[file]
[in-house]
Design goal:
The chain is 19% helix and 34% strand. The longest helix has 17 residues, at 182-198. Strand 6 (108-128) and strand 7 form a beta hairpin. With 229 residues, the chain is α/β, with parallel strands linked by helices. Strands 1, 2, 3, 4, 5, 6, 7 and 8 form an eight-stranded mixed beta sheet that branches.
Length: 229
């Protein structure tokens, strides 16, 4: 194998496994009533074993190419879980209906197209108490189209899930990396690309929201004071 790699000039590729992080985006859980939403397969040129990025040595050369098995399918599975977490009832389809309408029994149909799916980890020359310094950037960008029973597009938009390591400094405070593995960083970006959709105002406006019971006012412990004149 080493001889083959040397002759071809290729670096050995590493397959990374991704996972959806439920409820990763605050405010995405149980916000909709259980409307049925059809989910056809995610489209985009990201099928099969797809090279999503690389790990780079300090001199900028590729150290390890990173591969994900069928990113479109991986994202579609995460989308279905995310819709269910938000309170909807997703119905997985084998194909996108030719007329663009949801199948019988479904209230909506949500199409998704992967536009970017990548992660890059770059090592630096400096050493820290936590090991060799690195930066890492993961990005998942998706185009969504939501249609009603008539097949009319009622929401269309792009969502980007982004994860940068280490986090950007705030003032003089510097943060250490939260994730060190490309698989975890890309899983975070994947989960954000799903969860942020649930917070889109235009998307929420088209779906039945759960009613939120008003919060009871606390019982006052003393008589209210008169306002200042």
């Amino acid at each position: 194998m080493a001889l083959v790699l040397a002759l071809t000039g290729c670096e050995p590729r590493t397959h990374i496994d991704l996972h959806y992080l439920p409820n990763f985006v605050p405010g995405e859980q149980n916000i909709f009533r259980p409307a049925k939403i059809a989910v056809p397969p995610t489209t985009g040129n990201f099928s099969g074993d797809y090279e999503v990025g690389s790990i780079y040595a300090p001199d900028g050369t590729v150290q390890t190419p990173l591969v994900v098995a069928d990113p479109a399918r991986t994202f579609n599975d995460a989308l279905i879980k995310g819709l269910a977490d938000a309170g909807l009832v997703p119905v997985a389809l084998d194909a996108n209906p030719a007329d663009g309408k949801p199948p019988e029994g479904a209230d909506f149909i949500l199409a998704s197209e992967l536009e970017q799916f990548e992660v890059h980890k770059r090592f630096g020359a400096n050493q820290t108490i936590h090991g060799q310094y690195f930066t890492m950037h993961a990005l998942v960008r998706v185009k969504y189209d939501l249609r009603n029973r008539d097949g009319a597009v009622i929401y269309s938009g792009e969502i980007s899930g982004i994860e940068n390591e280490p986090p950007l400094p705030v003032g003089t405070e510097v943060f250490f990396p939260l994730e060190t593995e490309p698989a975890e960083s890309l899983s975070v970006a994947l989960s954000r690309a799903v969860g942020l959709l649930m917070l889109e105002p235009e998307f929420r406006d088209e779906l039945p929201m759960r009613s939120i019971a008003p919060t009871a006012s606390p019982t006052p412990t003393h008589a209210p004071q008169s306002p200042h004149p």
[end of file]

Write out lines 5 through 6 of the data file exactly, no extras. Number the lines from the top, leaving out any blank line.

């Protein structure tokens, strides 16, 4: 194998496994009533074993190419879980209906197209108490189209899930990396690309929201004071 790699000039590729992080985006859980939403397969040129990025040595050369098995399918599975977490009832389809309408029994149909799916980890020359310094950037960008029973597009938009390591400094405070593995960083970006959709105002406006019971006012412990004149 080493001889083959040397002759071809290729670096050995590493397959990374991704996972959806439920409820990763605050405010995405149980916000909709259980409307049925059809989910056809995610489209985009990201099928099969797809090279999503690389790990780079300090001199900028590729150290390890990173591969994900069928990113479109991986994202579609995460989308279905995310819709269910938000309170909807997703119905997985084998194909996108030719007329663009949801199948019988479904209230909506949500199409998704992967536009970017990548992660890059770059090592630096400096050493820290936590090991060799690195930066890492993961990005998942998706185009969504939501249609009603008539097949009319009622929401269309792009969502980007982004994860940068280490986090950007705030003032003089510097943060250490939260994730060190490309698989975890890309899983975070994947989960954000799903969860942020649930917070889109235009998307929420088209779906039945759960009613939120008003919060009871606390019982006052003393008589209210008169306002200042």
């Amino acid at each position: 194998m080493a001889l083959v790699l040397a002759l071809t000039g290729c670096e050995p590729r590493t397959h990374i496994d991704l996972h959806y992080l439920p409820n990763f985006v605050p405010g995405e859980q149980n916000i909709f009533r259980p409307a049925k939403i059809a989910v056809p397969p995610t489209t985009g040129n990201f099928s099969g074993d797809y090279e999503v990025g690389s790990i780079y040595a300090p001199d900028g050369t590729v150290q390890t190419p990173l591969v994900v098995a069928d990113p479109a399918r991986t994202f579609n599975d995460a989308l279905i879980k995310g819709l269910a977490d938000a309170g909807l009832v997703p119905v997985a389809l084998d194909a996108n209906p030719a007329d663009g309408k949801p199948p019988e029994g479904a209230d909506f149909i949500l199409a998704s197209e992967l536009e970017q799916f990548e992660v890059h980890k770059r090592f630096g020359a400096n050493q820290t108490i936590h090991g060799q310094y690195f930066t890492m950037h993961a990005l998942v960008r998706v185009k969504y189209d939501l249609r009603n029973r008539d097949g009319a597009v009622i929401y269309s938009g792009e969502i980007s899930g982004i994860e940068n390591e280490p986090p950007l400094p705030v003032g003089t405070e510097v943060f250490f990396p939260l994730e060190t593995e490309p698989a975890e960083s890309l899983s975070v970006a994947l989960s954000r690309a799903v969860g942020l959709l649930m917070l889109e105002p235009e998307f929420r406006d088209e779906l039945p929201m759960r009613s939120i019971a008003p919060t009871a006012s606390p019982t006052p412990t003393h008589a209210p004071q008169s306002p200042h004149p």